In manifold ways and in any medium the work of Dieter Roth continually revolves around the self. A special exhibition at the Aargauer Kunsthaus brings together the self-portraits from every creative period of this major artist.
Dieter Roth (1930-1998) was one of the great universal artists of the twentieth century. He was a graphic artist and designed furniture, he painted and drew, he created sculptures and expansive installations, working with all sorts of materials. He was a poet, a musician, he edited artist’s books and he filmed, photographed, collected etc.
The first major Dieter Roth retrospective following the artist’s death took place in 2003. Organised by Schaulager Basel, it was shown in Basel, Cologne (Museum Ludwig) and New York (MoMa) and provided many valuable insights into his widely ramified artistic oeuvre. Yet today Roth’s universe is still awaiting further systematic analysis.
A central aspect of Dieter Roth’s oeuvre is the self-portrait. In manifold ways and in any medium the work of this artist continually revolves around the self. At times ironic yet also frequently relentless, Roth questions himself and what he does - his artistic practice as well as his everyday activities - both in his creative work and in journals and autobiographical texts.
Given that, in the case of Dieter Roth, the subject suggests itself and self-portraits are, in fact, omnipresent in his work, it is surprising that this central aspect, until now, has not been seized on. The exhibition at the Aargauer Kunsthaus assembles self-portraits from Roth’s entire career. Conceived as a retrospective, it covers the full range of media in which the artist worked.
The exhibition starts with early drawings from his student years, in which the young artist portrayed himself. It reaches a first point of culmination with the chocolate busts from the late 1960s and continues with the extensive group of works from the following years titled “Selbstbildnis als’”, or “Self-Portrait as’,” in which the self is split up into an endless sequence of selves, thereby radically calling into question any glorification of the individual. As Roth became increasingly interested in recording the events of life in an artistic manner, the journals took on major significance in his late work, to some extent superseding the selfportraits. The exhibition concludes with the large Panopticon of his 128-part video installation titled “Solo Szenen” (1997-1998), in which his autobiographical observations and reflections culminate in an uncompromising look at himself and his own existence.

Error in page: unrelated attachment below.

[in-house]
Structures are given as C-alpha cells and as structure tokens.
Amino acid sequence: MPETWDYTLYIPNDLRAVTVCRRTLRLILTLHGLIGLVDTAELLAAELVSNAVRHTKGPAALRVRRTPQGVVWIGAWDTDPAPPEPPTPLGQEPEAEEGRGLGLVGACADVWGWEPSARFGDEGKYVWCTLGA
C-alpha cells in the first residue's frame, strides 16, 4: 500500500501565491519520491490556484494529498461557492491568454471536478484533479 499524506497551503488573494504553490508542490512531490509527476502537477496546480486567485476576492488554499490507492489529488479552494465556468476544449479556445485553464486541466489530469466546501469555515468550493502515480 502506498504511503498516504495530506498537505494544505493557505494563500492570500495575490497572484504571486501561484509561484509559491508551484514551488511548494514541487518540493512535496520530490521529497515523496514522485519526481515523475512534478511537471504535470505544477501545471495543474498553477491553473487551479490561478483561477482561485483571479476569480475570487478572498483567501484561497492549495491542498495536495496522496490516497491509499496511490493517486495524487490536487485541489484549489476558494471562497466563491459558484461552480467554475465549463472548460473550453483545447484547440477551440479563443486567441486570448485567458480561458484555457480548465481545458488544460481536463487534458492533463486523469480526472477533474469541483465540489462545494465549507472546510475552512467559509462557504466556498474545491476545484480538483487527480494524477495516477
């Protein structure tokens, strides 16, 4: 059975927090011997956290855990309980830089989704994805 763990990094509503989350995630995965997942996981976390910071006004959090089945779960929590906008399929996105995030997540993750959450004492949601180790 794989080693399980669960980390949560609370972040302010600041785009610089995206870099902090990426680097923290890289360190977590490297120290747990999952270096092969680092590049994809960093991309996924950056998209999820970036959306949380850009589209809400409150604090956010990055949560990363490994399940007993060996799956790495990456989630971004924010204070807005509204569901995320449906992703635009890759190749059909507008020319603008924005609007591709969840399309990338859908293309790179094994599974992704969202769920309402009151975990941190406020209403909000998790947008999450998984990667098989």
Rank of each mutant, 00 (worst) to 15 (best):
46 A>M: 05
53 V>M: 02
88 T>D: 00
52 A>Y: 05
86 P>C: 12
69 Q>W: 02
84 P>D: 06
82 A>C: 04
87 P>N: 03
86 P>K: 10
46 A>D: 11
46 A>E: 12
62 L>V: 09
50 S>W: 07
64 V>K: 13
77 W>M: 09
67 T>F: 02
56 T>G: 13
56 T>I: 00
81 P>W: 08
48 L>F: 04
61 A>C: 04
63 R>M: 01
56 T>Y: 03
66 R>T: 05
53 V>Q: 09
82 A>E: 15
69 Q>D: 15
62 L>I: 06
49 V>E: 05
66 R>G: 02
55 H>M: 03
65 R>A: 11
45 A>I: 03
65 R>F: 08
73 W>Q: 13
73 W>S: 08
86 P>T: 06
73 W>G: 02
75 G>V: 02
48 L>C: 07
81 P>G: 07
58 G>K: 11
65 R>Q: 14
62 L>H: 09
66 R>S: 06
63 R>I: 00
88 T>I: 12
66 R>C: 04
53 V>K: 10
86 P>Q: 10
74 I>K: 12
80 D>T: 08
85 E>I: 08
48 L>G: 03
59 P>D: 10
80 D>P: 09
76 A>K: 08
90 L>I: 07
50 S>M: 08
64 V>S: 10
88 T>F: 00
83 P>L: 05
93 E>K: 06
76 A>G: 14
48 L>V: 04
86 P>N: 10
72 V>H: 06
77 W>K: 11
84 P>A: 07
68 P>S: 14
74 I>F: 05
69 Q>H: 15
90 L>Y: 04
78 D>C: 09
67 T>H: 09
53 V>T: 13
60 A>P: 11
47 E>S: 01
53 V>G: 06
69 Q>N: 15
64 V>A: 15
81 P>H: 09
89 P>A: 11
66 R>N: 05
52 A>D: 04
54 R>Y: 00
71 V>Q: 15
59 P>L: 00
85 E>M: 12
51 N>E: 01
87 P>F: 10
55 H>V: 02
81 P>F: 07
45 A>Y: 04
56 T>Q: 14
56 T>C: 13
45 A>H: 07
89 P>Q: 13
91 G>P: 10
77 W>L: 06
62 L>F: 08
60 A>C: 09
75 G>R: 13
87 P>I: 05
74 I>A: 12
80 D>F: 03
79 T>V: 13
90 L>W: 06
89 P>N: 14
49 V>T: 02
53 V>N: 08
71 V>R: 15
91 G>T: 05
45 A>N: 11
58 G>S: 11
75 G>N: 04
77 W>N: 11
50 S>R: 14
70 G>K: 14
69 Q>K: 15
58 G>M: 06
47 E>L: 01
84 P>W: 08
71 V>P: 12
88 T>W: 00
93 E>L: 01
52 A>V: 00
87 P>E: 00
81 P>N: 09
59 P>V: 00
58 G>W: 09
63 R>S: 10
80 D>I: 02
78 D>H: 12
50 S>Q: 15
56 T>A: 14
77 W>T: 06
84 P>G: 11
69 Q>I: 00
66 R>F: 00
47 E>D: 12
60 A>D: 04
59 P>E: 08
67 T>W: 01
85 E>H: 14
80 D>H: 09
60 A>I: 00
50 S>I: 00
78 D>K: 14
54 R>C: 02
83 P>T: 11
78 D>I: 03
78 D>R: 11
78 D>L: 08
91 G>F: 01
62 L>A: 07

To Dieter Roth radical self-interrogation became a concern of overriding importance. The unrelenting way in which he made his own self the focus of his work, while at the same time deconstructing it by all available means, is unprecedented in the history of the genre. Thus the exhibition, on the one hand, aims to make a substantiated contribution to the discourse on Dieter Roth’s work and, on the other, puts forward for discussion a subject, the self-portrait, which in the late twentieth century became problematic for many artists and could only be advanced anymore through the kind of very firm artistic statement that Dieter Roth made.